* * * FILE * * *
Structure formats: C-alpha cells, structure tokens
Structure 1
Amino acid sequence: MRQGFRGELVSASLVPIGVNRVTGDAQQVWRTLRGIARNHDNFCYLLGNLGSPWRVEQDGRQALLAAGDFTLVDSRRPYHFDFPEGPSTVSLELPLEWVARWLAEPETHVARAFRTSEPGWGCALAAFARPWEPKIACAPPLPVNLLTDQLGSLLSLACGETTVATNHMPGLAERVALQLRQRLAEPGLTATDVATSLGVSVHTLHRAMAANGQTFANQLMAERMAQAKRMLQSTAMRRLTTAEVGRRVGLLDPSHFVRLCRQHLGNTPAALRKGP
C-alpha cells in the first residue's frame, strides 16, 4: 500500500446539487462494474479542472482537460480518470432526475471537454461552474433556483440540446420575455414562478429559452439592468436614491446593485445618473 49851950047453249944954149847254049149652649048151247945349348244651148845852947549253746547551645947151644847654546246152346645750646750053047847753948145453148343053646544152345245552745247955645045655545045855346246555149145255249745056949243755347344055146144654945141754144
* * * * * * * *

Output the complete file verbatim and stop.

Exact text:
Structure formats: C-alpha cells, structure tokens
Structure 1
Amino acid sequence: MRQGFRGELVSASLVPIGVNRVTGDAQQVWRTLRGIARNHDNFCYLLGNLGSPWRVEQDGRQALLAAGDFTLVDSRRPYHFDFPEGPSTVSLELPLEWVARWLAEPETHVARAFRTSEPGWGCALAAFARPWEPKIACAPPLPVNLLTDQLGSLLSLACGETTVATNHMPGLAERVALQLRQRLAEPGLTATDVATSLGVSVHTLHRAMAANGQTFANQLMAERMAQAKRMLQSTAMRRLTTAEVGRRVGLLDPSHFVRLCRQHLGNTPAALRKGP
C-alpha cells in the first residue's frame, strides 16, 4: 500500500446539487462494474479542472482537460480518470432526475471537454461552474433556483440540446420575455414562478429559452439592468436614491446593485445618473 49851950047453249944954149847254049149652649048151247945349348244651148845852947549253746547551645947151644847654546246152346645750646750053047847753948145453148343053646544152345245552745247955645045655545045855346246555149145255249745056949243755347344055146144654945141754144